What is a confidence trick and how to secure yourself from it?

What is a confidence trick and how to secure yourself from it?

March 11, 2024 privacy 0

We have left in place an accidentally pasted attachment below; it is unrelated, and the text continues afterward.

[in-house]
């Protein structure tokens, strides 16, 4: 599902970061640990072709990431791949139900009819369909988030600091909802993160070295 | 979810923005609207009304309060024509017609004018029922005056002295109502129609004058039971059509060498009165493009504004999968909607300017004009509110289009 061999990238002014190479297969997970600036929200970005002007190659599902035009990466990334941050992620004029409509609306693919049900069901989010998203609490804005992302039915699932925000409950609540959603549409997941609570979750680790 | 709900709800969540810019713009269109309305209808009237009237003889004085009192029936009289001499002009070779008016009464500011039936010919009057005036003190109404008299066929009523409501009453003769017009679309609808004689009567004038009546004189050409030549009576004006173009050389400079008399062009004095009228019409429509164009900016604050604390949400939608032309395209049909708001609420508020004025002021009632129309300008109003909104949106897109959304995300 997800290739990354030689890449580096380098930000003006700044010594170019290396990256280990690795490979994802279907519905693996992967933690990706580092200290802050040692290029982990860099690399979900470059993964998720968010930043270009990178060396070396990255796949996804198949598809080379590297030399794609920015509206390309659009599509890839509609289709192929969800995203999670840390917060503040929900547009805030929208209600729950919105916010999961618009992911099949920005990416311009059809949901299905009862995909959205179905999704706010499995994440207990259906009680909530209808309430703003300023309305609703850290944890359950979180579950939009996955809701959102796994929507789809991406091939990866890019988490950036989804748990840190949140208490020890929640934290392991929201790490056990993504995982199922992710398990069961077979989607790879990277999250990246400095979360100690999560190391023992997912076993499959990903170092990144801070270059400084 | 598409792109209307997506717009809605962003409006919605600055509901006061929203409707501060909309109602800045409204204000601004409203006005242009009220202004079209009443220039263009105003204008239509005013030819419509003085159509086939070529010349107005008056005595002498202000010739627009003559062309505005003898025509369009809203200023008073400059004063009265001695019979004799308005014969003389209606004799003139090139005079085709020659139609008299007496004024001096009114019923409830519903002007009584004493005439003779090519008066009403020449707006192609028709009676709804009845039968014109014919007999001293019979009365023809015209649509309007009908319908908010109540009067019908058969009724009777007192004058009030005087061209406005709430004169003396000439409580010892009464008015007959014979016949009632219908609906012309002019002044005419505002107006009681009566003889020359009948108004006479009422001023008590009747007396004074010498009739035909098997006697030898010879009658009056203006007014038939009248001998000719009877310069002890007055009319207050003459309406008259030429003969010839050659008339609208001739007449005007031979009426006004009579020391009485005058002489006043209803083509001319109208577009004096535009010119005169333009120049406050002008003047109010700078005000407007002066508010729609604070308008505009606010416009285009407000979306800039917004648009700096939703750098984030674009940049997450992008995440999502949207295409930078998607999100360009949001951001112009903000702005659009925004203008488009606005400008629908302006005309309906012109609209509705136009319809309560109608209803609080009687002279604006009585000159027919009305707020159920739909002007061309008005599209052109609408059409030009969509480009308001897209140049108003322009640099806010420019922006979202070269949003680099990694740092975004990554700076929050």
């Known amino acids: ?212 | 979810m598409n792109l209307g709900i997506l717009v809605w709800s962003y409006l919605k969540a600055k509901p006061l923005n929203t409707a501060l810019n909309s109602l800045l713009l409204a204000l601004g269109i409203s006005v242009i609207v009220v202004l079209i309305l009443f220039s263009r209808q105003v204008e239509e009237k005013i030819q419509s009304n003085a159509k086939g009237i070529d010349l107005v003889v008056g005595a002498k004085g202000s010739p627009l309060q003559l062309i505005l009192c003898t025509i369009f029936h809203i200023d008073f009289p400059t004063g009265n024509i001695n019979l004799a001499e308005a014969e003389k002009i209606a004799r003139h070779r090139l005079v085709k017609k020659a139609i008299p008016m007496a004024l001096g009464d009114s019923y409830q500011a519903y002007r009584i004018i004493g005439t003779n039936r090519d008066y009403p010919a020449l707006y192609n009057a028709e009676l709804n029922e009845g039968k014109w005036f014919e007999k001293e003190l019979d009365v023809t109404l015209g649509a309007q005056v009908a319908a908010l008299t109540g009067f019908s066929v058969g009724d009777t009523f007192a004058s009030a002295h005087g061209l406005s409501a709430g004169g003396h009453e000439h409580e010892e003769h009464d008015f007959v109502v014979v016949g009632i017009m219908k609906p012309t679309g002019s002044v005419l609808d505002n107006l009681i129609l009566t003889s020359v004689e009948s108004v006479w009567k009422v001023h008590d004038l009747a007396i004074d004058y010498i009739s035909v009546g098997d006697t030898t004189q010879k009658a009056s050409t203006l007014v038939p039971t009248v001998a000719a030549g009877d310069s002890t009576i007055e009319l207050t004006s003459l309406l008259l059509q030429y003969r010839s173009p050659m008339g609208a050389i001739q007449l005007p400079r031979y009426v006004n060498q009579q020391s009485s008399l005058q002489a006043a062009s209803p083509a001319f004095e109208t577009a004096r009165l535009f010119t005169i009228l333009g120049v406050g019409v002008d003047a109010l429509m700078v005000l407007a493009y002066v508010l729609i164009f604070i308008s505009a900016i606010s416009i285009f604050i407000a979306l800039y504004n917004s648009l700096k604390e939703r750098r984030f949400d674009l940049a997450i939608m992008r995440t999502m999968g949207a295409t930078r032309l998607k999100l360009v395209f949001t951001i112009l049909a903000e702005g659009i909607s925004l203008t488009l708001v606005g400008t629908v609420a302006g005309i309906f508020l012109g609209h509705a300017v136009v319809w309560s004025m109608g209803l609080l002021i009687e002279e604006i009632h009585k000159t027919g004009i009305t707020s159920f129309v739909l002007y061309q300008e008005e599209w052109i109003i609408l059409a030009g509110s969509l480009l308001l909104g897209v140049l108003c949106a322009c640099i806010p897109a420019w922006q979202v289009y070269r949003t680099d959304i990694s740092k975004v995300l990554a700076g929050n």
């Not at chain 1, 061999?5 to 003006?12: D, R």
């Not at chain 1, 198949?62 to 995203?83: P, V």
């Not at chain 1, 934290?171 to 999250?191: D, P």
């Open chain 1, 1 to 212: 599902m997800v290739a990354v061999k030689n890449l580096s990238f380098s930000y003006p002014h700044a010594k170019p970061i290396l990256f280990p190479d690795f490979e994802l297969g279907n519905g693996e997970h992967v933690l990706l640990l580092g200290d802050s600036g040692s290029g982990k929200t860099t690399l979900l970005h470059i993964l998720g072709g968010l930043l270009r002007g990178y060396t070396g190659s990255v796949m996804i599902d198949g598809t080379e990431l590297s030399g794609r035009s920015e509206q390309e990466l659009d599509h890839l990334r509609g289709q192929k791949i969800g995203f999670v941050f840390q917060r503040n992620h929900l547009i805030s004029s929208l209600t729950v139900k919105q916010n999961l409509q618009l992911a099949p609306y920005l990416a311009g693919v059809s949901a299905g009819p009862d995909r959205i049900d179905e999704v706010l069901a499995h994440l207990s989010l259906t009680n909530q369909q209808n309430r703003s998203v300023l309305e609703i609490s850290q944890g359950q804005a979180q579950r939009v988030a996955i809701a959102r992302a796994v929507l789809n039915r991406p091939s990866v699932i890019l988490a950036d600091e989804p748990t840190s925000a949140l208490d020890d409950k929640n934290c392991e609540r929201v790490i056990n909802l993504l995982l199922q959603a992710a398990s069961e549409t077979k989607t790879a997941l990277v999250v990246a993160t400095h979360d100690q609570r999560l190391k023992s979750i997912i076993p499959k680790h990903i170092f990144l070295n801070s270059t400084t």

A confidence trick is a type of scam in which the victim grows to trust the scammer only to be betrayed and defrauded. Learn more about the different types of confidence tricks and how to spot potential scammers. What is a confidence trick? A confidence trick, also known as a confidence scam, confidence game, con trick, or just “con” for short, is a type of fraud that involves gaining a person’s trust only to later deceive and profit off of them. The perpetrators of confidence tricks are usually referred to as con artists, confidence (or con) men/women, grifters, swindlers, or hustlers. Victims are called marks, mugs, or gulls (from the word “gullible”). Con artists rely on their victims’ gullibility and emotions, such as greed, fear, and sympathy, to convince them to take harmful actions. Confidence tricks range from quick schemes to complex, multistep, and time-consuming scams. Some fraudsters can spend weeks or months gaining the trust of their victims only to rob them of money or personal information. How does a confidence trick work? A confidence trick involves manipulation, not using brute force or threats to convince someone to do something. Scammers are looking for victims they can deceive with their charisma and charm. Their goal is to gain the trust of their “victims,” and to achieve it, they may rely on flattery and appear very empathetic. In a traditional confidence trick, a con artist tries to befriend the victim, only to eventually betray them. They may use psychological tricks, such as mirroring the victim’s body language to seem more trustworthy or showing some human flaws to seem more relatable. Fraudsters often target the most vulnerable people, such as the elderly or those who suffer from loneliness. Nowadays, the internet is one of the most widely used tools for scammers. Many confidence tricks take place entirely online. In the age of social media and instant messaging, we don’t need to see each other face-to-face to form bonds, and con artists take advantage of this fact by looking online for people to manipulate. Common types of confidence tricks The general category of confidence tricks is quite broad. This type of fraud is characterized by scammers gaining the trust of their victims to deceive them, and there are many ways and tools to achieve this goal. Below are the most common types of con tricks. Romance scams Romance scams are particularly common because many people use dating sites to search for potential romantic partners. Scammers also use these sites, but instead of looking for love, they look for lonely and vulnerable people with whom they can establish fake relationships. Romance scammers create fake dating profiles to lure victims and bond with them through text conversations. Once the victim is trusting enough, the con artist makes up a story about being stranded abroad or robbed and asks for financial support, only to disappear later. Scammers working to defraud their victims often come up with various excuses for being unable to meet in person. This is because they use fake profiles, and meeting the victim would blow their cover. If you’re concerned that you might be the target of such a scam, avoiding face-to-face interaction and talking on the phone for a long time can be a red flag. Gold brick scams The gold brick scam refers to numerous different frauds that involve deceiving the victim into believing they’re buying an expensive item when, in fact, they’re buying a cheap item for much more than it’s worth. The items can be virtually anything that is sought after by potential buyers. This type of confidence trick owes its name to the practice of scammers selling people supposed gold ingots, which turn out to be gold-coated lead bricks. Nowadays, gold brick scams can involve expensive items such as smartphones or high-value limited editions of clothing. Scammers may use advertising portals such as Craigslist to sell their items with upfront payment, but the victim receives something completely different or nothing at all. Fake investment opportunities A fake investment scam is a typical “get rich quick” scheme in which a scammer pretends to be a business owner or experienced investor who will invest their victim’s money and multiply it in exchange for a small percentage of the profits. Scammers often promise victims assured profits, and their investment options are supposedly risk-free. They seek out inexperienced marks and take advantage of the fact that some people may not know that there is no such thing as a “risk-free investment.” Pyramid schemes Pyramid schemes are business models in which each member earns money mainly by recruiting other people into the organization. Companies using the pyramid model sell products, but their main profits come from members recruiting others. Each member of the pyramid earns money based on their recruits’ sales, but this model is unsustainable because it requires members to recruit new employees indefinitely. Swindlers who are also members of pyramid schemes often promise their marks (in this case, new recruits) that they’ll make easy money simply by selling products and recruiting others. They exploit people’s living situations, for example, targeting stay-at-home parents, promising them an easy way to make money at home while being able to stay with their child. In reality, those at the top are the only people who make money in pyramid schemes. Phishing Phishing scams are a category of fraud in which scammers pretend to be someone else – usually a trusted person or organization – to obtain money or personal information from their victims. Phishing scammers use communication tools such as emails, social media, or text messages to contact victims and trick them into believing they’re communicating with someone else. Sometimes, they invest time in investigating their victims one by one. In this case, the technique is called spear phishing because the scammer “fishes” for victims and selects specific individuals or small groups. Other times, scammers send messages en masse, knowing that most people will ignore them, but someone might fall for them somewhere. The latter are often text spammers – people who send spam texts to large numbers of people, hoping to attract the attention of at least a small percentage. Phishing can be a standalone scam or used as part of another, more complex scheme. For example, the grandchild scam often involves phishing, as the scammer first obtains information about their victim and then contacts them via email or phone, assuming the identity of their relative. Fake calls Fake phone calls are a modern type of scam in which the victim receives a phone call from someone pretending to represent a well-known company. Very often, scammers pretend to be support agents employed by Microsoft or internet providers and claim to be able to help with technical problems. These unwanted calls are often the result of the victim seeking technical support but stumbling upon a fake, malicious website redirecting them to the scammers. After the scammers contact the victim, they are prompted to provide their bank account information or download malicious programs such as data stealers or remote connection software that allows the swindlers to control victims’ devices from afar. {SHORTCODES.blogRelatedArticles} Signs of a confidence trick Being tricked by a con artist doesn’t always mean you’re naive or foolish. Scammers often target people who are inexperienced in fraud or vulnerable to manipulation and promises. That’s why so many fraud victims are elderly or people in difficult circumstances. In addition, scammers can be very good at their job and are often masters of psychological tricks. They know exactly what drives their victims to act and are able to spend a lot of time gaining their trust. It’s worth knowing how to spot a con artist when you come across one. Some can be convincing, but knowing their tricks can save you a lot of stress and potential financial loss. Promises that are too good to be true Many con artists look for victims who want to make money quickly and easily, so they sell them promises of excellent investments. They may even pay their victims once or twice to make them believe they’re making money and convince them to “invest” more. If something sounds too good to be true, it’s a red flag. Leveraging your life situation Scammers look for weaker victims and use their situation against them. For example, a scammer may use the fact that you recently became a parent or lost your job to convince you to give them money to invest because they know that you may be desperately seeking quick money instead of a safe and stable income. Similar experiences and interests Scammers use psychological tricks to get closer to their victims, and pretending to share experiences and interests is one of them. They may tell you they’ve been in a similar situation, come from a similar background, or try to bond with you on your favorite topics. You may get the impression that they’re very similar to you. Some may even mirror your body language or speech patterns to make you like them more subconsciously. Being very charming and kind Of course, not every charismatic or friendly person is a swindler. There are genuinely kind people out there. But on the other hand, a con artist can be very nice and empathetic towards you right from the start of your relationship. They may use compliments and praises to stroke your ego and make you trust them. Some may even shower you with gifts. (Over)sharing weakness and humanity Experienced scammers know that being perfect is unrealistic, so they will also show some flaws. They will talk about their emotions or make up tearful stories about their lives. They may share how difficult it was for them in the past, especially if you’re also in a tough situation, in which case, they may use their misfortunes as an example of how they overcame fate, and you can do the same by entrusting them with your money. Real examples of confidence tricks Confidence tricks can have many names and faces. Here are some examples of con scams that happen in real life. The Spanish prisoner scam The classic Spanish prisoner trick is a social engineering scam that originated as far back as the 19th century. It involved a con artist pretending to be imprisoned in Spain and convincing the victim to finance their release. The scammer promised to return the favor upon release, often claiming to be a wealthy and important member of the upper class. Of course, there is no actual prisoner, and the scammer would either disappear after receiving the money or make up stories of complications to drain the victim further. The Spanish prisoner scam is still widespread, with the most common variant being the Nigerian prince fraud scheme, in which the scammer asks the victim for support by posing as a member of the aristocracy from a distant country who is in dire straits and has all accounts frozen. The scammers look for victims on social media or send out phishing emails en masse, hoping to catch someone who believes their story. The grandchild scam The grandchild scam targets the elderly. In this type of fraud, the con artist tricks the victim into believing that they are their grandchild and that they need financial support because they’ve had an accident or are in trouble with the law. Often, the scammer will do some research to get to know their victim and their own fake identity. Today, such research is easier than ever because people share so much of their lives on social media – learning the names of a person’s children and grandchildren is not so difficult. Fortune-telling frauds The fortune-telling scam involves deceiving a victim into believing that a fortune-teller can predict the future and guide them, when in fact, the fortune-teller is simply experienced in reading people’s emotions and can determine their life situation by asking the right questions and observing reactions. The teller’s clues are simply general enough to fit most people’s stories. Scammers also trick victims into believing that a curse is upon them and that only they can remove it. Fortune-telling scams still exist, both in the real world and online. Scammers may seek victims on social media or esoteric forums. A modern version of the fortune-telling fraud is a fake virus hoax. In this situation, the victim is convinced that their device is infected, and only the scammer can remove the virus (for a fee), similar to when a fake fortune-teller removes a non-existent curse. How can you secure yourself from a confidence trick? Anyone can fall victim to fraud. However, someone who takes care of their security is much harder to deceive. Here are some tips to help you avoid confidence scammers in the future: Check the company Whenever someone offers you a great job or promises you big investment returns, check out the company they represent (or claim to represent). When it comes to pyramid schemes, just Googling the name of the company and checking reviews about it will help you gain some insight. The same goes for investments. Never invest in miracle or secret companies and projects without names or history but promise great returns. Don’t give money to strangers Con artists may make up sob stories about needing money to escape a dangerous situation, but unless you know the person, you shouldn’t give them any money. Always be cautious when meeting new people online. The internet is a great place to make new friends, but it is also full of scammers, so don’t feel bad for being wary and saying “no” to people. Research the sellers When shopping online, always use reputable stores and ad portals. If possible, use shopping platforms that also process transactions. This way, you can be protected by the operator and get a refund if the seller turns out to be a scammer. If you buy from strangers locally, opt for in-person meetings and payments in public places. Don’t send money in advance – you may never see the item you purchased. Strengthen your online security Con artists can exploit any information they obtain, and strengthening your cybersecurity can make things harder for scammers hunting for personal data. Protect your social media profiles by updating your privacy settings so it’s more difficult for strangers to get the information you share. Also, don’t share any personal information with random people online. When using public Wi-Fi networks, connect through a VPN to encrypt your online traffic and protect it from potential eavesdroppers who might want to use it against you. Be a skeptic Always ask yourself, “Is this offer too good to be true?” This is often enough to protect yourself from a con trick. If something or someone seems too perfect, it’s probably a facade, and you’re being targeted by scammers. What should you do if you are a victim of a confidence trick? If you have fallen victim to a con artist, the best thing you can do is go to the police and tell them everything. Take all the evidence you have, including your conversations with the scammer. Unfortunately, getting your money back isn’t always possible, but a crime is a crime, and by reporting it, you can help the authorities catch scammers and potentially help future victims. In the US, you can file a report online to make things quicker. If you’ve been scammed and have given the scammer any personal information, such as credit card information or passwords, contact your bank immediately and ask the agent to freeze your accounts. It’s also a good idea to ask for new payment cards. As for account passwords, change them as soon as possible. When creating strong passwords, remember that they should be unique, so if one leaks in the future, it won’t be used to hack into other accounts. Also, enable 2FA if possible.